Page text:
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The History of Harvard's Commencement, Explained
When you lean back after your cocktail, oysters, steak, apple pie a la mode, and liqueur and you puff away on a Corona Corona you feel well satisfied with life and not a little bloated. But you have really just begun your meal according to cook books of the 15th, 16th, and 17th centuries which may be seen by the undernourished and overnourished of our day at Widener Library.
Six thousand animals, 500 fish, $1,000 birds, 2000 pies, 6000 jelly dishes, 6000 custards, and 400 barrels of ale and wine to top it all off that's a meal!
That the art of eating has gone the way of the art of glass blowing was made plain by such order lists as the one above which is just part of the menu for a 1468 dinner tendered two English statesmen. Or, if you are still hungry just peruse the following food which required 62 chefs to prepare for a contemporary spread. Six wild bulls, 104 oxen, 400 swine, 1000 mutton, 1200 quail, 304 stags, and 3000 pigs were among the delicate offered to the gathering of 4000. Just what percentage of the 4000 had another little snack at bedtime is not mentioned.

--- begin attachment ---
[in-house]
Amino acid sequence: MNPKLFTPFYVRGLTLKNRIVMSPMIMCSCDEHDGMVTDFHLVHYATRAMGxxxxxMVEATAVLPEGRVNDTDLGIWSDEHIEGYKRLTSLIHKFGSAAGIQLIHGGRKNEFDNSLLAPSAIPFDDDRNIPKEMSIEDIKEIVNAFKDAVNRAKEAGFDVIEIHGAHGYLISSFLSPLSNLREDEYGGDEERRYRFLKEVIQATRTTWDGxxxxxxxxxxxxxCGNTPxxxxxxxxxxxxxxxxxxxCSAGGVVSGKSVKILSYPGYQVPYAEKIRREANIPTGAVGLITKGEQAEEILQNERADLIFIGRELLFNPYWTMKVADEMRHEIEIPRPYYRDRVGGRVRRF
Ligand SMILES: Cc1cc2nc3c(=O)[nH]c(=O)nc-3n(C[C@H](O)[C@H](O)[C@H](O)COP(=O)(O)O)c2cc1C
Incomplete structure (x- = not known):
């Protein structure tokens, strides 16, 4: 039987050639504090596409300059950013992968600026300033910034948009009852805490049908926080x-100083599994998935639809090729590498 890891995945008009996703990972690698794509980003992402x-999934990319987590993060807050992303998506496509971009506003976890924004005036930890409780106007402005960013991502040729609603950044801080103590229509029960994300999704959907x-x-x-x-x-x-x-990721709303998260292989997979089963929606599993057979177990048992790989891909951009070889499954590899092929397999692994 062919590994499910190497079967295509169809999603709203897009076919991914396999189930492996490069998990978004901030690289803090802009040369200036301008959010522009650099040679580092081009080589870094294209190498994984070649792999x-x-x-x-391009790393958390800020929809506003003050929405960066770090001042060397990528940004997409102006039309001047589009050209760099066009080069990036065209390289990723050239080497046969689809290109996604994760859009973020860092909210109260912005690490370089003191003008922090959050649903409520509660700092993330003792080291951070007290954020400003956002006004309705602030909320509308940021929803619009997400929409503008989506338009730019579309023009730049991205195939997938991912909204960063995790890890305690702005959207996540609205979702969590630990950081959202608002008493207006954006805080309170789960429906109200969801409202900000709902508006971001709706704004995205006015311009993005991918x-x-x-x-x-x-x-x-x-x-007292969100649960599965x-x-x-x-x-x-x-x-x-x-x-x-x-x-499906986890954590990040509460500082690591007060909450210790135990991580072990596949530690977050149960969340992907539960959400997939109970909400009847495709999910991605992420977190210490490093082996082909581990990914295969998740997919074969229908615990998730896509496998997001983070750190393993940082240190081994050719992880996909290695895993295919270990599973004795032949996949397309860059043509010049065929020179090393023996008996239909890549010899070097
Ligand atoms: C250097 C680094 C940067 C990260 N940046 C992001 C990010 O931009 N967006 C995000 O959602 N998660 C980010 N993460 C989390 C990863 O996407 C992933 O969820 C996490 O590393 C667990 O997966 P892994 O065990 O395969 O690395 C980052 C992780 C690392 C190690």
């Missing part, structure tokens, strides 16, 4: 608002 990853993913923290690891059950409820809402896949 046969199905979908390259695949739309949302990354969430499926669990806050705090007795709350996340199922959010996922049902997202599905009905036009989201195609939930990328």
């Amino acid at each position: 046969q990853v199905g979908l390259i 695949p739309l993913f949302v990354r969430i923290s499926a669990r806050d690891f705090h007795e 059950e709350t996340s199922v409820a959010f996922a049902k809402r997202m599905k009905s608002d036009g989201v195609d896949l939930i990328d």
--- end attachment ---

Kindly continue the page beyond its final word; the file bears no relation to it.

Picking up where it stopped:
While such an outlay might be considered sufficient today, these famished Englishmen demanded something a little extra with each meal. Such things as white peacocks served with their feathers still remaining "to make them look alive" or rabbits adorned with corral beads upon their feet and silver bells hung from their necks were really considered "comme il faut" by the Emily Posts of that day.
On the other hand if you would have your imagination stimulated, there was one dinner mentioned which is somewhat reminiscent of the approaching bowling contest to be held in New York City this month. This will show how we have progressed by having the pulchritudinous "Rockettes" from Radio City burst from paper mach bowling balls, whereas the old time English gourmets were satisfied with "little black amores" who leapt lightly out of enormous pies and presented perfumed gloves to the honored guests.
Life, however, was not always a bowl of cherries to these gourmands of other days if we can judge by certain sections of the cook books now in display. The 16th century Fannie Farmer did not overlook a few "infallible cures for corns, callous heels, croup, whooping cough" and minor spasms of indigestion which were the post requisites of these feasts.
With a hasty glance through your History 1 books you can see that the unsuccessful mercantile system, in vogue at this time, was shortly followed by the great industrial movement. Need any more be said
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